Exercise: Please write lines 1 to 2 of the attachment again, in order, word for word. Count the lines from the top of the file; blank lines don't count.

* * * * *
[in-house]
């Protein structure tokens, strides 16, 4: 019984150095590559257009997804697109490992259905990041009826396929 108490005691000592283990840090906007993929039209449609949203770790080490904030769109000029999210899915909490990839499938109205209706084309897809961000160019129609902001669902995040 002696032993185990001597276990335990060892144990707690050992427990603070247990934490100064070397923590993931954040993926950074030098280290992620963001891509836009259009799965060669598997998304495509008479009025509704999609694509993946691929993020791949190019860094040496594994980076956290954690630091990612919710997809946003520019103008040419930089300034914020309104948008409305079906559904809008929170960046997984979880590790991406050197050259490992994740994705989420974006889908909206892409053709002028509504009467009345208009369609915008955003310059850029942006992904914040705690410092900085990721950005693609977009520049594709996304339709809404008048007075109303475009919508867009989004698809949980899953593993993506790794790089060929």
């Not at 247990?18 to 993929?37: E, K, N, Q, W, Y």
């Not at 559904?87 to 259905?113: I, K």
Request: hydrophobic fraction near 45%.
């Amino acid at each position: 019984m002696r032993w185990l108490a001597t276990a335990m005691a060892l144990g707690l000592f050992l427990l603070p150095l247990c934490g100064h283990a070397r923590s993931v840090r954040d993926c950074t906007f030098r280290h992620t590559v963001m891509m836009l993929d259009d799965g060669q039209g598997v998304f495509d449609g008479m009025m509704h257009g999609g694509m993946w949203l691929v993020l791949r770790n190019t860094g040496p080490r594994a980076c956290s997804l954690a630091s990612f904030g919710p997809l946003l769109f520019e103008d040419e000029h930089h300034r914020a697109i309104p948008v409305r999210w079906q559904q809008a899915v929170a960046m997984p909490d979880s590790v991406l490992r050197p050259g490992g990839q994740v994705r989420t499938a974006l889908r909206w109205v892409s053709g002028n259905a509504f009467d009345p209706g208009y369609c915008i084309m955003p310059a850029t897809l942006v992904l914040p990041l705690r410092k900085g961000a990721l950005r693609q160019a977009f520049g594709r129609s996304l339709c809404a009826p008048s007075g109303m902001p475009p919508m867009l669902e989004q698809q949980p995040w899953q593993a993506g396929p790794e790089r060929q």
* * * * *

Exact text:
[in-house]
């Protein structure tokens, strides 16, 4: 019984150095590559257009997804697109490992259905990041009826396929 108490005691000592283990840090906007993929039209449609949203770790080490904030769109000029999210899915909490990839499938109205209706084309897809961000160019129609902001669902995040 002696032993185990001597276990335990060892144990707690050992427990603070247990934490100064070397923590993931954040993926950074030098280290992620963001891509836009259009799965060669598997998304495509008479009025509704999609694509993946691929993020791949190019860094040496594994980076956290954690630091990612919710997809946003520019103008040419930089300034914020309104948008409305079906559904809008929170960046997984979880590790991406050197050259490992994740994705989420974006889908909206892409053709002028509504009467009345208009369609915008955003310059850029942006992904914040705690410092900085990721950005693609977009520049594709996304339709809404008048007075109303475009919508867009989004698809949980899953593993993506790794790089060929």